Galway Senator Fidelma Healy Eames has claimed that today’s Reform Alliance conference, which takes place at the RDS, will help take 10,000 Galwegians off the live register.
The conference, which will include speakers such as broadcaster Olivia O’Leary and David Cameron’s advisor, Philip Blond, as well as the Alliance’s seven Oireachtas members, starts at 10am this morning.
The politics section will be chaired by Tom McGuirk, the health section by medical journalist June Shannon and the economics portion of the conference will be chaired by David McWilliams.
“As well as the over 900 people who have registered to attend the conference, 350 members of the public have already submitted ideas for growing the economy and creating jobs. This conference is focussed on politics, health and the economy but at its heart it is about building ideas to create a better society that will provide people with long-term sustainable jobs,” said Senator Healy Eames, ahead of today’s conference.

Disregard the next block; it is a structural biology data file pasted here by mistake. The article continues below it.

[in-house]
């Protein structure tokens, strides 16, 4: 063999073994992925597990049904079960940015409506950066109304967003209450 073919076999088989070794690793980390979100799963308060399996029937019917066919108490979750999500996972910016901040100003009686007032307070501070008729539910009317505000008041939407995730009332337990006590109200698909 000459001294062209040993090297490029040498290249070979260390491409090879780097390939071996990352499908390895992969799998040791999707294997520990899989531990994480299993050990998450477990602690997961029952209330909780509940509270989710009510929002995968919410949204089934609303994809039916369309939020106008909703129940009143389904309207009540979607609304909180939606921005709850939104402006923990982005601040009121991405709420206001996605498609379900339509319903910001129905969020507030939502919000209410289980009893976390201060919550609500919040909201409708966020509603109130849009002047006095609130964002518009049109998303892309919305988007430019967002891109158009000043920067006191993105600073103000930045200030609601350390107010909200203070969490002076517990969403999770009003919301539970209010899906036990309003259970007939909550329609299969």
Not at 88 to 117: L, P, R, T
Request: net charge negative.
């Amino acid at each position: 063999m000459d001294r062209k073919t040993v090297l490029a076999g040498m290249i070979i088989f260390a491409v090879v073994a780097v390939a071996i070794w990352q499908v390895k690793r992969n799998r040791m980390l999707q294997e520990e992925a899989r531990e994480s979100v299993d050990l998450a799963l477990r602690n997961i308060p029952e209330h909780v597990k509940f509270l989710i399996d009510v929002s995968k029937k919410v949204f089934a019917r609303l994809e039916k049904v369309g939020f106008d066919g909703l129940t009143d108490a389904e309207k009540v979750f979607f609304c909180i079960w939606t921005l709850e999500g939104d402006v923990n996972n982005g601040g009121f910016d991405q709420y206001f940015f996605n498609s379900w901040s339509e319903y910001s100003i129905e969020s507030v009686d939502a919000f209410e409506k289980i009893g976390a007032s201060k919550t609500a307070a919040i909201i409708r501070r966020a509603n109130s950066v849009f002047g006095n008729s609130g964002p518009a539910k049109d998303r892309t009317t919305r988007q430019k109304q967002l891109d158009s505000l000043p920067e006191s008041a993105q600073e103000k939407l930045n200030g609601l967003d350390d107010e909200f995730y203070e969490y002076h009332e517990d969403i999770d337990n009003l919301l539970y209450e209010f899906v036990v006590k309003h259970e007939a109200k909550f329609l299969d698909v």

“The Taoiseach talks about making Ireland the best small country in the world in which to do business. What we are focused on is making Ireland the best country in the world in which to build a small business.”
“A little known fact is that just ten per cent of all people employed in Ireland are employed by foreign multinational investors whereas over 60 per cent of the country work in small businesses,” she said. “The reality is small business growth is the only way in which we can quickly get the over 10,000 Galwegians off the live register and working in full time employment.
“Our aim is to build an arsenal of reform ideas from this national conference in Dublin on Saturday and go back to our constituencies and host smaller regional meetings to build on implementing these ideas and putting them on the agenda in the Dáil and Seanad.”
The Reform Alliance has stated that the aim of the conference is “to be as inclusive as possible and promote as many reforms as possible”, and panellists have been asked to present two specific reforms and will be given five minutes to present both reforms before they are thrown to the floor.